A new report from KAM and Lucky Saint sheds light on the ‘new UK drinker’.
• New research from KAM and Lucky Saint shows nearly 1 in 3 pub visits (29%) and 37% of restaurant visits, now alcohol-free.
• Report also shows 55% of all UK adults are reducing their alcohol intake.
• Lucky Saint predicts the UK Low & No market to be worth upwards of £450million by 2024, following IWSR data that Low and No alcohol beer purchases stood at USD 454 million in 2021.
• Huge opportunity to emulate European neighbours in adoption of ‘low and no’ alternatives, says report owner Lucky Saint.
The average UK drinker is now frequently moderating between alcoholic and non-alcoholic drinks, according to a new industry report produced by the UK’s leading dedicated alcohol-free beer brand Lucky Saint and KAM, with nearly one in three pub visits (29%) and 37% of restaurant visits being completely alcohol-free.
Some 55% of UK drinkers consume fewer than ten units of alcohol per week, according to the new research. This is in comparison to NHS reports that 60% of adults drank up to 14 units per week in 2019.
This new ‘moderate’ group of drinkers are, however, also the most likely type of drinker to visit a pub at least once per month (78%), highlighting a major shift in consumer behaviour. Drinkers are increasingly moderating their alcohol intake while attending social occasions.
The new report, ‘Low & No 2022: The Customer Perspective’, sheds light on changing drinking habits throughout the UK. It found that the majority (58 per cent) fell into the category of having an alcoholic drink at most three times a week, with 29% of the population currently drinking three days a week or more. It also showed that some 55% of UK drinkers are looking to reduce alcohol consumption in 2022, rising as high as 65% for Gen Z.
Better health was the largest driver behind moderation, while respondents identified taste as being the number one reason when choosing an alcohol-free option.
Whilst alcohol consumption has risen within the last three years, the report identifies a growing ‘middle ground’ of drinker, who orders soft drinks, teas and coffees, or alcohol-free drinks while out.
The report also established people’s reasons for moderating drinking. Aside from having to drive, the most popular included wanting to stay fresh for a ‘big day’ the next day (31%), if others aren’t drinking within a social group (30%) or being able to attend another activity such as organised sports (25%) afterwards.
It additionally highlights the top alcohol-free occasions for consumers in pubs, bars and restaurants. Over forty percent of respondents identified a family meal with young children as their main occasion, while visits for lunch (32%) and work meetings (31%) also ranked highly.
Supermarkets were identified as the main market for the growth of alcohol-free choices from consumers in the UK, but Luke Boase, founder of Lucky Saint, pointed to the UK’s slow adoption of credible low and no alternatives compared to other countries.
“We’re at the start of a cultural shift in our attitudes towards drinking in the UK, as we see an increasing number of drinkers who prefer to moderate their choices.
“The likes of Spain, France and Germany all have at least five times the market share for low and no options compared to the UK. Consumers want taste and quality, but historically there’s not been a product that fits the bill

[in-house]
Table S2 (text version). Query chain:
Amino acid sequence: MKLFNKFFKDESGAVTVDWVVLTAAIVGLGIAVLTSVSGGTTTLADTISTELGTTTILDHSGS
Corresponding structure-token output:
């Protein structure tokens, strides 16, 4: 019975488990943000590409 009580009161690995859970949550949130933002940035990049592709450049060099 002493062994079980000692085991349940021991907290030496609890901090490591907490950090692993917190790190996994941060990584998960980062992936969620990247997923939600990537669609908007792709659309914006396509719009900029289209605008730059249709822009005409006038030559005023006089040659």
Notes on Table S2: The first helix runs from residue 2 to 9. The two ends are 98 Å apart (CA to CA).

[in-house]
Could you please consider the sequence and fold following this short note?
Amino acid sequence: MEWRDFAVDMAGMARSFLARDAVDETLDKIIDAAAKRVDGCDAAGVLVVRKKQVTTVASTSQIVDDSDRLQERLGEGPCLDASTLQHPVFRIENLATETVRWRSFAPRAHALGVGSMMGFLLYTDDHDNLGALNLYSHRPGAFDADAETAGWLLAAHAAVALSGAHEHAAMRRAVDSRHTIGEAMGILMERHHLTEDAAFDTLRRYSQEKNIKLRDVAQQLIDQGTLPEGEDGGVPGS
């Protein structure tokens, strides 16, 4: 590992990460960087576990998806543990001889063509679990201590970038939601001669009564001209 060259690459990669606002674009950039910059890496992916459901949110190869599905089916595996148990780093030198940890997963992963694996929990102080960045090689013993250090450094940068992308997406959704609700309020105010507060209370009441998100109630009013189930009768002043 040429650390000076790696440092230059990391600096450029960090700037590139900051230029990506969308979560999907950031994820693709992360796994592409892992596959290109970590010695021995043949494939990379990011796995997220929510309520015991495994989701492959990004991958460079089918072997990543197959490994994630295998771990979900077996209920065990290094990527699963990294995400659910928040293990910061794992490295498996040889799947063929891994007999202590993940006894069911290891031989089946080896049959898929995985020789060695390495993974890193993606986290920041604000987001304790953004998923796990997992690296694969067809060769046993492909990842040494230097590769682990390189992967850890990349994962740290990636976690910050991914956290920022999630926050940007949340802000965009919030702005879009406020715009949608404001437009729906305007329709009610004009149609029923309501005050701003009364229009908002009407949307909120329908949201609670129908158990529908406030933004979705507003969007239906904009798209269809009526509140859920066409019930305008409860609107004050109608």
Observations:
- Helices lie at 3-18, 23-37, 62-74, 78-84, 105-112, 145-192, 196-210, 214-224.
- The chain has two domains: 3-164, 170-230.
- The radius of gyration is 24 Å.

“This report shows just how significant the opportunity is. In a sector that only knows people as drinkers and non-drinkers, there isn’t much understanding of how to cater to the majority of UK pub-goers currently.
“We need to rethink what we understand as a ‘non-drinker’ in the UK. Those who move fast to tap into this market in the UK will see huge rewards in the coming years.”
Research from the IWSR (the globally trusted source for alcohol trends) put Low and No alcohol beer purchases at USD 454 million in 2021. Meanwhile, Lucky Saint expects the UK Low & No market to be worth upwards of £450million by 2024, having achieved 180% YOY growth since 2021.
Elsewhere, major global brewers point toward a wider global shift towards a growing alcohol-free market. AB InBev aims to have no & low ABV beverages make up 1/5th of global production by 2025, while Heineken predicts 20% of total brand sales will be no & low “within a few years”.
Katy Moses, Managing Director (MD) at KAM said:
“Without a doubt, alcohol consumption habits are shifting in the UK. Despite short-term flux during the pandemic, an overwhelming proportion of Brits intend to cut down their consumption over the next 12 months.
“It’s no surprise then that consumer awareness of the low and no category is at an all-time high. UK drinkers are looking for ways to drink less alcohol but don’t want to miss out on all the occasions where alcohol is normally present- going to the pub with friends, celebrating a birthday at home, enjoying a beer while watching sport, for example- and the increasing number of high-quality alcohol-free options available is being welcomed by UK drinkers.
“The growth in popularity of the alcohol-free category isn’t primarily driven by those who never drink alcohol, but rather the huge number of Brits who simply want to moderate their intake and are looking for a great tasting alternative. The research suggests that low and no alcohol has certainly hit the mainstream and is here to stay.”
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